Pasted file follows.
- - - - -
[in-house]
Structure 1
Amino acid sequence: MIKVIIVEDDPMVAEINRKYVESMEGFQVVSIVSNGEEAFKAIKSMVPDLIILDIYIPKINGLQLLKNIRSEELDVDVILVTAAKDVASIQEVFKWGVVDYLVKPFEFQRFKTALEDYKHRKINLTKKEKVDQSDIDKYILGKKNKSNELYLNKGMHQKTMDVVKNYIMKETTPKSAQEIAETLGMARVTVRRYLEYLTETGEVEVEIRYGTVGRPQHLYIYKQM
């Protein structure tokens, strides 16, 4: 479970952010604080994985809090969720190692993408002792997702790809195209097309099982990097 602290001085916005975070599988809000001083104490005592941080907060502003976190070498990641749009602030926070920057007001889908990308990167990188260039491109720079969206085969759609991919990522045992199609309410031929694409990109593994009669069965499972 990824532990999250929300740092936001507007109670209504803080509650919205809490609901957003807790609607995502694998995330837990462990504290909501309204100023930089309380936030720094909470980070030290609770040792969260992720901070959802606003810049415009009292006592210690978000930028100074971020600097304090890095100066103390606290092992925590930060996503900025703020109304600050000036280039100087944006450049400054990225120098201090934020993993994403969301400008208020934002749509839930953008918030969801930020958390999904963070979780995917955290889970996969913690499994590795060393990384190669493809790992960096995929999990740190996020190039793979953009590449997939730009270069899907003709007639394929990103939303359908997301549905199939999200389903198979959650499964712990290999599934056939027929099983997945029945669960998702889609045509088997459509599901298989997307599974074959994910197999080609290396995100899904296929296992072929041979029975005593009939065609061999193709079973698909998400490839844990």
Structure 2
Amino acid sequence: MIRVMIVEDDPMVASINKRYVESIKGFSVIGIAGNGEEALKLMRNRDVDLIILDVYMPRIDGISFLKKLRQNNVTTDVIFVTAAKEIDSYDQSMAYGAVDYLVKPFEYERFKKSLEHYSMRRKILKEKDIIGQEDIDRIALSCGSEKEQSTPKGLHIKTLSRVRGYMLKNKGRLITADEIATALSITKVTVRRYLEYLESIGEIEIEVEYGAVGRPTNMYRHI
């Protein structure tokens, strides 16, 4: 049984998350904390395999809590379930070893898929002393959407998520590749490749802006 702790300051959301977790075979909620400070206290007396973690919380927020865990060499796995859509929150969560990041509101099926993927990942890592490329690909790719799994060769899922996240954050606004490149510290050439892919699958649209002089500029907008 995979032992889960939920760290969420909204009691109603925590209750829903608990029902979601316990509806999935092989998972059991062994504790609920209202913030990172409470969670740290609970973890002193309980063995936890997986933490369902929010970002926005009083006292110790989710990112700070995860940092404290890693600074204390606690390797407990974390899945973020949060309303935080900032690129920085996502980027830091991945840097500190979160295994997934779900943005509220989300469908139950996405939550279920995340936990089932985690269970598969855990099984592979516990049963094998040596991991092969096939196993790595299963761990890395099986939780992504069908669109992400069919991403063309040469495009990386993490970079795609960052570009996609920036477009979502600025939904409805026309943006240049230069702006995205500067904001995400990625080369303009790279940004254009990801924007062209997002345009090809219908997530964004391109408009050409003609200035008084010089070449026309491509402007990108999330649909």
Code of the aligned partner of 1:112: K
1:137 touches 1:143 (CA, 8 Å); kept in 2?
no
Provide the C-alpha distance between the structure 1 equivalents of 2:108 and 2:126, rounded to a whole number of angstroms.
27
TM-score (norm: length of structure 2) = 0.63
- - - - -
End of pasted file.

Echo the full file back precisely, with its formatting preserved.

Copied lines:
[in-house]
Structure 1
Amino acid sequence: MIKVIIVEDDPMVAEINRKYVESMEGFQVVSIVSNGEEAFKAIKSMVPDLIILDIYIPKINGLQLLKNIRSEELDVDVILVTAAKDVASIQEVFKWGVVDYLVKPFEFQRFKTALEDYKHRKINLTKKEKVDQSDIDKYILGKKNKSNELYLNKGMHQKTMDVVKNYIMKETTPKSAQEIAETLGMARVTVRRYLEYLTETGEVEVEIRYGTVGRPQHLYIYKQM
């Protein structure tokens, strides 16, 4: 479970952010604080994985809090969720190692993408002792997702790809195209097309099982990097 602290001085916005975070599988809000001083104490005592941080907060502003976190070498990641749009602030926070920057007001889908990308990167990188260039491109720079969206085969759609991919990522045992199609309410031929694409990109593994009669069965499972 990824532990999250929300740092936001507007109670209504803080509650919205809490609901957003807790609607995502694998995330837990462990504290909501309204100023930089309380936030720094909470980070030290609770040792969260992720901070959802606003810049415009009292006592210690978000930028100074971020600097304090890095100066103390606290092992925590930060996503900025703020109304600050000036280039100087944006450049400054990225120098201090934020993993994403969301400008208020934002749509839930953008918030969801930020958390999904963070979780995917955290889970996969913690499994590795060393990384190669493809790992960096995929999990740190996020190039793979953009590449997939730009270069899907003709007639394929990103939303359908997301549905199939999200389903198979959650499964712990290999599934056939027929099983997945029945669960998702889609045509088997459509599901298989997307599974074959994910197999080609290396995100899904296929296992072929041979029975005593009939065609061999193709079973698909998400490839844990």
Structure 2
Amino acid sequence: MIRVMIVEDDPMVASINKRYVESIKGFSVIGIAGNGEEALKLMRNRDVDLIILDVYMPRIDGISFLKKLRQNNVTTDVIFVTAAKEIDSYDQSMAYGAVDYLVKPFEYERFKKSLEHYSMRRKILKEKDIIGQEDIDRIALSCGSEKEQSTPKGLHIKTLSRVRGYMLKNKGRLITADEIATALSITKVTVRRYLEYLESIGEIEIEVEYGAVGRPTNMYRHI
């Protein structure tokens, strides 16, 4: 049984998350904390395999809590379930070893898929002393959407998520590749490749802006 702790300051959301977790075979909620400070206290007396973690919380927020865990060499796995859509929150969560990041509101099926993927990942890592490329690909790719799994060769899922996240954050606004490149510290050439892919699958649209002089500029907008 995979032992889960939920760290969420909204009691109603925590209750829903608990029902979601316990509806999935092989998972059991062994504790609920209202913030990172409470969670740290609970973890002193309980063995936890997986933490369902929010970002926005009083006292110790989710990112700070995860940092404290890693600074204390606690390797407990974390899945973020949060309303935080900032690129920085996502980027830091991945840097500190979160295994997934779900943005509220989300469908139950996405939550279920995340936990089932985690269970598969855990099984592979516990049963094998040596991991092969096939196993790595299963761990890395099986939780992504069908669109992400069919991403063309040469495009990386993490970079795609960052570009996609920036477009979502600025939904409805026309943006240049230069702006995205500067904001995400990625080369303009790279940004254009990801924007062209997002345009090809219908997530964004391109408009050409003609200035008084010089070449026309491509402007990108999330649909």
Code of the aligned partner of 1:112: K
1:137 touches 1:143 (CA, 8 Å); kept in 2?
no
Provide the C-alpha distance between the structure 1 equivalents of 2:108 and 2:126, rounded to a whole number of angstroms.
27
TM-score (norm: length of structure 2) = 0.63